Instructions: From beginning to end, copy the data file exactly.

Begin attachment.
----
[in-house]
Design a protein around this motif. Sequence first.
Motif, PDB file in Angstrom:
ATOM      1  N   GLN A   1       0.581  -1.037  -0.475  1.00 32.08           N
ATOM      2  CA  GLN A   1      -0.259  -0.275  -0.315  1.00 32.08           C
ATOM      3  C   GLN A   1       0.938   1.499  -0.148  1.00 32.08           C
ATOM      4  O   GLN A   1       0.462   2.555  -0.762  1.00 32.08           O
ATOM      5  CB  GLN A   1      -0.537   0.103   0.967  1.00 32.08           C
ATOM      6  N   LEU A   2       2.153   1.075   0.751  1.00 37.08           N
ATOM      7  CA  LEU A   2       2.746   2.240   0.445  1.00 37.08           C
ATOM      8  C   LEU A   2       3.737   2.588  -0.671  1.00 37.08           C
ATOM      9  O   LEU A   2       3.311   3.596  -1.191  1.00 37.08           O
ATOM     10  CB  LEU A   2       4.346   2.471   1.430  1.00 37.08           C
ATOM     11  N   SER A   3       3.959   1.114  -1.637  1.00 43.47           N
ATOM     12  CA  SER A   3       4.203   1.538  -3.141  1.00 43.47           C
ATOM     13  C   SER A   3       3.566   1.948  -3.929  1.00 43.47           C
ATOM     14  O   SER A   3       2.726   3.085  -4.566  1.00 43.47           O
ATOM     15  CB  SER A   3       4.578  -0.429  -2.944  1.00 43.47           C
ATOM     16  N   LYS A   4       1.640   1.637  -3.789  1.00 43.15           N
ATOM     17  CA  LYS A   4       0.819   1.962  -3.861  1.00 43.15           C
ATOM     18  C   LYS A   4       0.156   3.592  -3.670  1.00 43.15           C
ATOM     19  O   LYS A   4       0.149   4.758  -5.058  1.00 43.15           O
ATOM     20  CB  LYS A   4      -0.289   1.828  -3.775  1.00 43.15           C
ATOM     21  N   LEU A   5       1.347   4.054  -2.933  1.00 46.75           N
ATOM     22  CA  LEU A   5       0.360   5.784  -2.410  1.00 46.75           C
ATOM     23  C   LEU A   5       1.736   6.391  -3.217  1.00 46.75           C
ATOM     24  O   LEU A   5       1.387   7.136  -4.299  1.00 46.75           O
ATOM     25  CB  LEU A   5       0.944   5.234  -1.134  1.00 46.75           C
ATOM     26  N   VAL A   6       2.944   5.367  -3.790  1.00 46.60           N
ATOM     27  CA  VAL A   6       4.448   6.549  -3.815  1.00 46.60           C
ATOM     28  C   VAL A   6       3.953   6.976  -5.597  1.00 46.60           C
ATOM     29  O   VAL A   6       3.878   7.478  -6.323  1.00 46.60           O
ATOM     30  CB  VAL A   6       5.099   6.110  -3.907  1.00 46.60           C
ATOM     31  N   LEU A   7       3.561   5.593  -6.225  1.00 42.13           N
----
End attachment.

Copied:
[in-house]
Design a protein around this motif. Sequence first.
Motif, PDB file in Angstrom:
ATOM      1  N   GLN A   1       0.581  -1.037  -0.475  1.00 32.08           N
ATOM      2  CA  GLN A   1      -0.259  -0.275  -0.315  1.00 32.08           C
ATOM      3  C   GLN A   1       0.938   1.499  -0.148  1.00 32.08           C
ATOM      4  O   GLN A   1       0.462   2.555  -0.762  1.00 32.08           O
ATOM      5  CB  GLN A   1      -0.537   0.103   0.967  1.00 32.08           C
ATOM      6  N   LEU A   2       2.153   1.075   0.751  1.00 37.08           N
ATOM      7  CA  LEU A   2       2.746   2.240   0.445  1.00 37.08           C
ATOM      8  C   LEU A   2       3.737   2.588  -0.671  1.00 37.08           C
ATOM      9  O   LEU A   2       3.311   3.596  -1.191  1.00 37.08           O
ATOM     10  CB  LEU A   2       4.346   2.471   1.430  1.00 37.08           C
ATOM     11  N   SER A   3       3.959   1.114  -1.637  1.00 43.47           N
ATOM     12  CA  SER A   3       4.203   1.538  -3.141  1.00 43.47           C
ATOM     13  C   SER A   3       3.566   1.948  -3.929  1.00 43.47           C
ATOM     14  O   SER A   3       2.726   3.085  -4.566  1.00 43.47           O
ATOM     15  CB  SER A   3       4.578  -0.429  -2.944  1.00 43.47           C
ATOM     16  N   LYS A   4       1.640   1.637  -3.789  1.00 43.15           N
ATOM     17  CA  LYS A   4       0.819   1.962  -3.861  1.00 43.15           C
ATOM     18  C   LYS A   4       0.156   3.592  -3.670  1.00 43.15           C
ATOM     19  O   LYS A   4       0.149   4.758  -5.058  1.00 43.15           O
ATOM     20  CB  LYS A   4      -0.289   1.828  -3.775  1.00 43.15           C
ATOM     21  N   LEU A   5       1.347   4.054  -2.933  1.00 46.75           N
ATOM     22  CA  LEU A   5       0.360   5.784  -2.410  1.00 46.75           C
ATOM     23  C   LEU A   5       1.736   6.391  -3.217  1.00 46.75           C
ATOM     24  O   LEU A   5       1.387   7.136  -4.299  1.00 46.75           O
ATOM     25  CB  LEU A   5       0.944   5.234  -1.134  1.00 46.75           C
ATOM     26  N   VAL A   6       2.944   5.367  -3.790  1.00 46.60           N
ATOM     27  CA  VAL A   6       4.448   6.549  -3.815  1.00 46.60           C
ATOM     28  C   VAL A   6       3.953   6.976  -5.597  1.00 46.60           C
ATOM     29  O   VAL A   6       3.878   7.478  -6.323  1.00 46.60           O
ATOM     30  CB  VAL A   6       5.099   6.110  -3.907  1.00 46.60           C
ATOM     31  N   LEU A   7       3.561   5.593  -6.225  1.00 42.13           N